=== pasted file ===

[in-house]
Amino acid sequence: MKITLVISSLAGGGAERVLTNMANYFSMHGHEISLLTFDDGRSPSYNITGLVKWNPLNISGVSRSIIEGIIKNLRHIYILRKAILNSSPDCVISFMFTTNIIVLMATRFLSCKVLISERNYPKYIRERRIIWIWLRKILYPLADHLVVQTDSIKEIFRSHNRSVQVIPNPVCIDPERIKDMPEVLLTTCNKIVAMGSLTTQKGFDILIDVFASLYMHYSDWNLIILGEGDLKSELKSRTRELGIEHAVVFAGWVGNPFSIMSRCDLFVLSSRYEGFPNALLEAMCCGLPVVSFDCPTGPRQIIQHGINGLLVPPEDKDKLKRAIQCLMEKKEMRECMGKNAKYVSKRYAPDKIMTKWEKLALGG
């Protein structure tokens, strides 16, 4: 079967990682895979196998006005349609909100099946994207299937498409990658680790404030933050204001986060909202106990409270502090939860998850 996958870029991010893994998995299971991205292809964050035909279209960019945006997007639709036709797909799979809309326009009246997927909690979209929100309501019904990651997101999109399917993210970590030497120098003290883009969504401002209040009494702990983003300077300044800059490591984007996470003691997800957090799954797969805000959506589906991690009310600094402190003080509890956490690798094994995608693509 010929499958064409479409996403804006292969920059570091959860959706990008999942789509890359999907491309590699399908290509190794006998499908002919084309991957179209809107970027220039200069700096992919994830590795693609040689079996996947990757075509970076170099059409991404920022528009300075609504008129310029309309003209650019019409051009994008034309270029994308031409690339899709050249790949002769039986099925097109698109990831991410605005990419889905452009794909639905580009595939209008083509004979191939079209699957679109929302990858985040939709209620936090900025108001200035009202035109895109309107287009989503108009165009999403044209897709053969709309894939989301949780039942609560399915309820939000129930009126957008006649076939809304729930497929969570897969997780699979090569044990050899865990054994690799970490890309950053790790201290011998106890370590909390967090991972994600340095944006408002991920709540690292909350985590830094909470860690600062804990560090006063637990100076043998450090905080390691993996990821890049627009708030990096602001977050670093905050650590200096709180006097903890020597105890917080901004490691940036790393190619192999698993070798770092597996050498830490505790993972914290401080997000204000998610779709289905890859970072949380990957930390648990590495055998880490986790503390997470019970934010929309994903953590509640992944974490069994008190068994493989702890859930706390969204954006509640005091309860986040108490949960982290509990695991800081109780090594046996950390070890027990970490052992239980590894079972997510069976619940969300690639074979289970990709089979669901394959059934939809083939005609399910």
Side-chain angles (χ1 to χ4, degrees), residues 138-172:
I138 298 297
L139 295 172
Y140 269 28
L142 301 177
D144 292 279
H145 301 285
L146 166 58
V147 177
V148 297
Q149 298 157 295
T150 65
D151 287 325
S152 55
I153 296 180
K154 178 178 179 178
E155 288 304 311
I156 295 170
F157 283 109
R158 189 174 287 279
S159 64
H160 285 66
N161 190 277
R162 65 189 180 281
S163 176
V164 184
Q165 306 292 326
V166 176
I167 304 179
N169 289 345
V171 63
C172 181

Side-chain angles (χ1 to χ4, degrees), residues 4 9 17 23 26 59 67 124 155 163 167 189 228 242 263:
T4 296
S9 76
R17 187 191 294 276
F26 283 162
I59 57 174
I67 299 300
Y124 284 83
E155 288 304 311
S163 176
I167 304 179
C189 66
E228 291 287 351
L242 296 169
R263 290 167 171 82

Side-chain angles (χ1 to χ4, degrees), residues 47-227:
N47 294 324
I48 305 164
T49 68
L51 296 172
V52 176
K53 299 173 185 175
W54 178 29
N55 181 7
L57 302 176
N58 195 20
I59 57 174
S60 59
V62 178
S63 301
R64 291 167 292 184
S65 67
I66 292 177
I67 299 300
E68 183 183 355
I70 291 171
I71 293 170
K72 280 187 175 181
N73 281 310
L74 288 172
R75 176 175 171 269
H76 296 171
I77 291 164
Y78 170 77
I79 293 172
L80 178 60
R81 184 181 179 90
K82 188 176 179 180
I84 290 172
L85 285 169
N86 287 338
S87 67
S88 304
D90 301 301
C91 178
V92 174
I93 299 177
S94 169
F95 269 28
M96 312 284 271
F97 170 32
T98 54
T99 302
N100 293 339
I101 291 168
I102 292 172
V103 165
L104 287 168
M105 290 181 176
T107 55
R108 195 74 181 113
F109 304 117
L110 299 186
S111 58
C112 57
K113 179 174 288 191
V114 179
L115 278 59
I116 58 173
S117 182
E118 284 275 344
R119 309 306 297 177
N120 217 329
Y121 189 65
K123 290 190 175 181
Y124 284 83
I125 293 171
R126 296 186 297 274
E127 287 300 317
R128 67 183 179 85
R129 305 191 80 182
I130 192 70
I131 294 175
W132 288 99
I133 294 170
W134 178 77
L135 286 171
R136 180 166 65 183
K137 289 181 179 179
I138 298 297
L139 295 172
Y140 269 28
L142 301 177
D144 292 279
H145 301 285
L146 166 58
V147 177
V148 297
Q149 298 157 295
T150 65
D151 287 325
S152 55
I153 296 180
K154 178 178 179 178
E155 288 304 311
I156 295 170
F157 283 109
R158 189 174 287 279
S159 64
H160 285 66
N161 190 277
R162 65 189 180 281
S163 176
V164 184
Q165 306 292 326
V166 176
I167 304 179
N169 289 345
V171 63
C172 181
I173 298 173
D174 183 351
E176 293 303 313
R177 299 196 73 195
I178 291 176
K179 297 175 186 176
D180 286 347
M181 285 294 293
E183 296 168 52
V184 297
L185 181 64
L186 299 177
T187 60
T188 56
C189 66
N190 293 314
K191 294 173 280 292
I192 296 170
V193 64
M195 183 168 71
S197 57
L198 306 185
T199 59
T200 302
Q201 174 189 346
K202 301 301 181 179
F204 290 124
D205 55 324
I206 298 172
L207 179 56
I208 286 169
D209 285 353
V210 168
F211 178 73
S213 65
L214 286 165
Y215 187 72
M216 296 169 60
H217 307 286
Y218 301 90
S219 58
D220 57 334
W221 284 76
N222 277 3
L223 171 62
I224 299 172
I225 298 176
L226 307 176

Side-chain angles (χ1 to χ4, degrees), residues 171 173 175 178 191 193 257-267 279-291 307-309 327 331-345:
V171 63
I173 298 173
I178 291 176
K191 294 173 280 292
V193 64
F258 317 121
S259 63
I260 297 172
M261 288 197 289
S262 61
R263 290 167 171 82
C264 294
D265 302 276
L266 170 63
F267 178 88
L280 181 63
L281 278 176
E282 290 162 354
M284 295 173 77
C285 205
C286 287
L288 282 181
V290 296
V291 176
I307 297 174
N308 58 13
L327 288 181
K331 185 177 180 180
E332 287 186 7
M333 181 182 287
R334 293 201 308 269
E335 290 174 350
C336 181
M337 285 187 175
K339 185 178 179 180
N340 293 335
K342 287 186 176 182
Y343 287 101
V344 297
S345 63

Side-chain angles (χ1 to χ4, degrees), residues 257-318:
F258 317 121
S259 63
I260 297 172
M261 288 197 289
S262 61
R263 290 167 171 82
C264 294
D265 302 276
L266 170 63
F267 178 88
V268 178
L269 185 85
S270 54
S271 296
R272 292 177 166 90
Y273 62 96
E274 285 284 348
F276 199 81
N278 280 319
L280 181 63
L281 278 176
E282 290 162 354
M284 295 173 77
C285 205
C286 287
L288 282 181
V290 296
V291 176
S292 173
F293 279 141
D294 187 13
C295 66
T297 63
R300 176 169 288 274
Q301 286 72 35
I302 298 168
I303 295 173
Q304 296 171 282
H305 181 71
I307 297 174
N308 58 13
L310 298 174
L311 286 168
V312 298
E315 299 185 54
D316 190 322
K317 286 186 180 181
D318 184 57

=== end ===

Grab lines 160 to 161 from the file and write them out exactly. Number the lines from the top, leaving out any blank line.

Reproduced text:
Q165 306 292 326
V166 176